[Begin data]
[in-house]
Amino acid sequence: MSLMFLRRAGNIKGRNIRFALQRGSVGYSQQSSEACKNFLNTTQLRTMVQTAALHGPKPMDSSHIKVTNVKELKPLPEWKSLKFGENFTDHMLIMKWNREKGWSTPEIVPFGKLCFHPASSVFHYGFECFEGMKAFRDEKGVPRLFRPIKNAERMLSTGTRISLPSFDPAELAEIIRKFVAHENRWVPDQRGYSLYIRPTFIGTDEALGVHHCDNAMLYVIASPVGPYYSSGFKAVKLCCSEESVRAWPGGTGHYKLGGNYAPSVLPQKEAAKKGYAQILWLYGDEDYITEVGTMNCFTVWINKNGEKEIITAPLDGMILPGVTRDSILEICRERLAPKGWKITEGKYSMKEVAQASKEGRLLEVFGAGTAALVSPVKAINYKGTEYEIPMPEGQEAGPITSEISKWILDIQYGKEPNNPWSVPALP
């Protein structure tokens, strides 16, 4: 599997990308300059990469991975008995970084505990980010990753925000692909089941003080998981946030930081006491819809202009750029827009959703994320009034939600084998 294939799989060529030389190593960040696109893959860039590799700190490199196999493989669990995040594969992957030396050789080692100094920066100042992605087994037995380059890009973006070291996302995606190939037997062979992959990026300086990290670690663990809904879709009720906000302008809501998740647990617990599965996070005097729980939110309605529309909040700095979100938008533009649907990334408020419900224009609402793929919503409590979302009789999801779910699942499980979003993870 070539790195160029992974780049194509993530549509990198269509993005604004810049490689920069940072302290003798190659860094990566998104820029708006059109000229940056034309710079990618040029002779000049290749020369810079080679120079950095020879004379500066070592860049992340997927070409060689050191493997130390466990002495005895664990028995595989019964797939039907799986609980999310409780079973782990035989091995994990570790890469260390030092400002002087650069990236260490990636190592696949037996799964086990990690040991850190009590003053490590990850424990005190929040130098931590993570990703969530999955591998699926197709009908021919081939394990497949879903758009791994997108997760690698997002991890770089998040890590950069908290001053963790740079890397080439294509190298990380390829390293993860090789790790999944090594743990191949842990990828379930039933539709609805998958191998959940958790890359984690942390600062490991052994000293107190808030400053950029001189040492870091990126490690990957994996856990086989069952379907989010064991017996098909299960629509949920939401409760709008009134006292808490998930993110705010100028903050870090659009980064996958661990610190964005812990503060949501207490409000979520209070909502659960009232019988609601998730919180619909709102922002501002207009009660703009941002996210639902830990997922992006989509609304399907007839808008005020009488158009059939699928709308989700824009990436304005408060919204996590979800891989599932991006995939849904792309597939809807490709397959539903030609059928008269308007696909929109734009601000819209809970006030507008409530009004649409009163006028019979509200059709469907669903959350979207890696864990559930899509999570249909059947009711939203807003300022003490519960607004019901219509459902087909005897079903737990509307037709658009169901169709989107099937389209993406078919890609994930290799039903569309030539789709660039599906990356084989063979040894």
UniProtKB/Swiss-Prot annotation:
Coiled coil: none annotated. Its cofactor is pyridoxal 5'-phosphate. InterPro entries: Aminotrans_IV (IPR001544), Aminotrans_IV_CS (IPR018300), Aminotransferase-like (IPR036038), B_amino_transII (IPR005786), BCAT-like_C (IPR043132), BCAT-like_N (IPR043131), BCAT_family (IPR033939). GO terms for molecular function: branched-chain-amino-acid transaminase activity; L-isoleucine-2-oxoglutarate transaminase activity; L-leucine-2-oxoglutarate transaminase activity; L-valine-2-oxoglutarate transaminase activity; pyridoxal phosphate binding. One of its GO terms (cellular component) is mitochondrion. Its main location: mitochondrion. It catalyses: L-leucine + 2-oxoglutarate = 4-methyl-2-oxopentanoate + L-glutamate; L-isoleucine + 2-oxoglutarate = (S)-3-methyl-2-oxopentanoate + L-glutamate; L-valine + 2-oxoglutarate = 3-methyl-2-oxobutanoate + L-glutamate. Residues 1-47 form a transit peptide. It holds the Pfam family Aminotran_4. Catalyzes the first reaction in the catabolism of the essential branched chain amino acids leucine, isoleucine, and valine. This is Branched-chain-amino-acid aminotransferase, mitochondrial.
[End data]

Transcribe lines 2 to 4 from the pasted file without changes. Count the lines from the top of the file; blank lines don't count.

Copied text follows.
Amino acid sequence: MSLMFLRRAGNIKGRNIRFALQRGSVGYSQQSSEACKNFLNTTQLRTMVQTAALHGPKPMDSSHIKVTNVKELKPLPEWKSLKFGENFTDHMLIMKWNREKGWSTPEIVPFGKLCFHPASSVFHYGFECFEGMKAFRDEKGVPRLFRPIKNAERMLSTGTRISLPSFDPAELAEIIRKFVAHENRWVPDQRGYSLYIRPTFIGTDEALGVHHCDNAMLYVIASPVGPYYSSGFKAVKLCCSEESVRAWPGGTGHYKLGGNYAPSVLPQKEAAKKGYAQILWLYGDEDYITEVGTMNCFTVWINKNGEKEIITAPLDGMILPGVTRDSILEICRERLAPKGWKITEGKYSMKEVAQASKEGRLLEVFGAGTAALVSPVKAINYKGTEYEIPMPEGQEAGPITSEISKWILDIQYGKEPNNPWSVPALP
């Protein structure tokens, strides 16, 4: 599997990308300059990469991975008995970084505990980010990753925000692909089941003080998981946030930081006491819809202009750029827009959703994320009034939600084998 294939799989060529030389190593960040696109893959860039590799700190490199196999493989669990995040594969992957030396050789080692100094920066100042992605087994037995380059890009973006070291996302995606190939037997062979992959990026300086990290670690663990809904879709009720906000302008809501998740647990617990599965996070005097729980939110309605529309909040700095979100938008533009649907990334408020419900224009609402793929919503409590979302009789999801779910699942499980979003993870 070539790195160029992974780049194509993530549509990198269509993005604004810049490689920069940072302290003798190659860094990566998104820029708006059109000229940056034309710079990618040029002779000049290749020369810079080679120079950095020879004379500066070592860049992340997927070409060689050191493997130390466990002495005895664990028995595989019964797939039907799986609980999310409780079973782990035989091995994990570790890469260390030092400002002087650069990236260490990636190592696949037996799964086990990690040991850190009590003053490590990850424990005190929040130098931590993570990703969530999955591998699926197709009908021919081939394990497949879903758009791994997108997760690698997002991890770089998040890590950069908290001053963790740079890397080439294509190298990380390829390293993860090789790790999944090594743990191949842990990828379930039933539709609805998958191998959940958790890359984690942390600062490991052994000293107190808030400053950029001189040492870091990126490690990957994996856990086989069952379907989010064991017996098909299960629509949920939401409760709008009134006292808490998930993110705010100028903050870090659009980064996958661990610190964005812990503060949501207490409000979520209070909502659960009232019988609601998730919180619909709102922002501002207009009660703009941002996210639902830990997922992006989509609304399907007839808008005020009488158009059939699928709308989700824009990436304005408060919204996590979800891989599932991006995939849904792309597939809807490709397959539903030609059928008269308007696909929109734009601000819209809970006030507008409530009004649409009163006028019979509200059709469907669903959350979207890696864990559930899509999570249909059947009711939203807003300022003490519960607004019901219509459902087909005897079903737990509307037709658009169901169709989107099937389209993406078919890609994930290799039903569309030539789709660039599906990356084989063979040894």
UniProtKB/Swiss-Prot annotation: